THE CANADIAN PRESS -- OTTAWA - John Baird will make his first trip to China this weekend as foreign affairs minister, continuing the Conservative government's efforts to improve its sometimes awkward relations with Beijing.
Only two weeks ago, Baird declared to a business audience in Toronto that visiting China was a "huge priority."
While he emphasized that his government would continue to push for better human rights in China, he also struck a decidedly pro-trade tone.
"China is incredibly important to our future prosperity," he said. "My government gets it, and as Canada's new minister of foreign affairs, I get it."
Baird will be in China from July 16-20. He'll also be preparing the ground for a second trip to the country by Prime Minister Stephen Harper.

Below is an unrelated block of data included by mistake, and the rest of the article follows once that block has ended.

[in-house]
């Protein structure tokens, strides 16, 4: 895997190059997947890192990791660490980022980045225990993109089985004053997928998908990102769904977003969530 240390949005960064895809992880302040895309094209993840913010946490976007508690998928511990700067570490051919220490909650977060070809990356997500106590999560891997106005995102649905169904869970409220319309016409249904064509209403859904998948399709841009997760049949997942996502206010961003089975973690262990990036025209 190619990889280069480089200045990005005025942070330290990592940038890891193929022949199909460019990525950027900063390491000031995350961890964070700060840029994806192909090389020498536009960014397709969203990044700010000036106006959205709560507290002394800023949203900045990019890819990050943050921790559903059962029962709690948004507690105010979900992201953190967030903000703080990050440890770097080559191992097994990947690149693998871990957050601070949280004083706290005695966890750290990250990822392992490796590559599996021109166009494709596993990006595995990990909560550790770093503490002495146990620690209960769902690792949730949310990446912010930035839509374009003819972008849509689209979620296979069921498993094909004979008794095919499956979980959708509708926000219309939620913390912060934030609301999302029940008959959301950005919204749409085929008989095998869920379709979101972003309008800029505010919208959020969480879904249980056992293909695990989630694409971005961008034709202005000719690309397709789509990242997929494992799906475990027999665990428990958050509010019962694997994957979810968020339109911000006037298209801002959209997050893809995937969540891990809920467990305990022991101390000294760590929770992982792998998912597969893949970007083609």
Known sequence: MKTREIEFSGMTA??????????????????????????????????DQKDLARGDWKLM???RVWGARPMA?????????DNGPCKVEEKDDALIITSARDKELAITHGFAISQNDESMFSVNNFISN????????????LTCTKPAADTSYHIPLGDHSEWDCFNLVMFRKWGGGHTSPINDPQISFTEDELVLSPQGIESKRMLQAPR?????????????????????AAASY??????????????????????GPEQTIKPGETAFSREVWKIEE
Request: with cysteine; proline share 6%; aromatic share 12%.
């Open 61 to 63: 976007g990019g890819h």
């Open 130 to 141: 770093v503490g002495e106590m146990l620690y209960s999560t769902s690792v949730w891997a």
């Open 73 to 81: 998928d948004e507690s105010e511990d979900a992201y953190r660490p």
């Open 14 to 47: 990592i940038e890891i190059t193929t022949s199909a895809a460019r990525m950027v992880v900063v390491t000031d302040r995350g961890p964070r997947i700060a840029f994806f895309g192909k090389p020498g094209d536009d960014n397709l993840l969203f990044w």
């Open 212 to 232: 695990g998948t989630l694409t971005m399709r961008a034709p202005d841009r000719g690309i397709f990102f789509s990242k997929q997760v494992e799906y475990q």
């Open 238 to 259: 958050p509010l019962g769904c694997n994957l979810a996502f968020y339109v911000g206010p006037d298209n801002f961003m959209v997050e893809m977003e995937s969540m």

Harper's last trip to China had its bumps. He was chided by Chinese Premier Wen Jiabao in 2009 for taking so long to visit, and one Chinese newspaper accused Harper of giving the country the "cold shoulder."
When Harper first came to power in 2006, he publicly declared about China that Canadians didn't want him to sell out their values for the "almighty dollar." The Tories also speculated about Chinese corporate espionage, and spearhead a bill in Parliament that ultimately bestowed Canadian citizenship on the Dalai Lama.
The frosty relations didn't sit well with Canada's business community,which warned that from an economic standpoint it was ill-advised to alienate China.
Since then, Harper's cabinet has made frequent trips to China to try to put the relationship back on a more positive footing.
Chinese President Hu Jintao also made an official trip to Canada last June before the G-8 and G-20 summits.
Baird will attend a meeting of the ASEAN regional security forum on the Indonesian island of Bali following the China trip.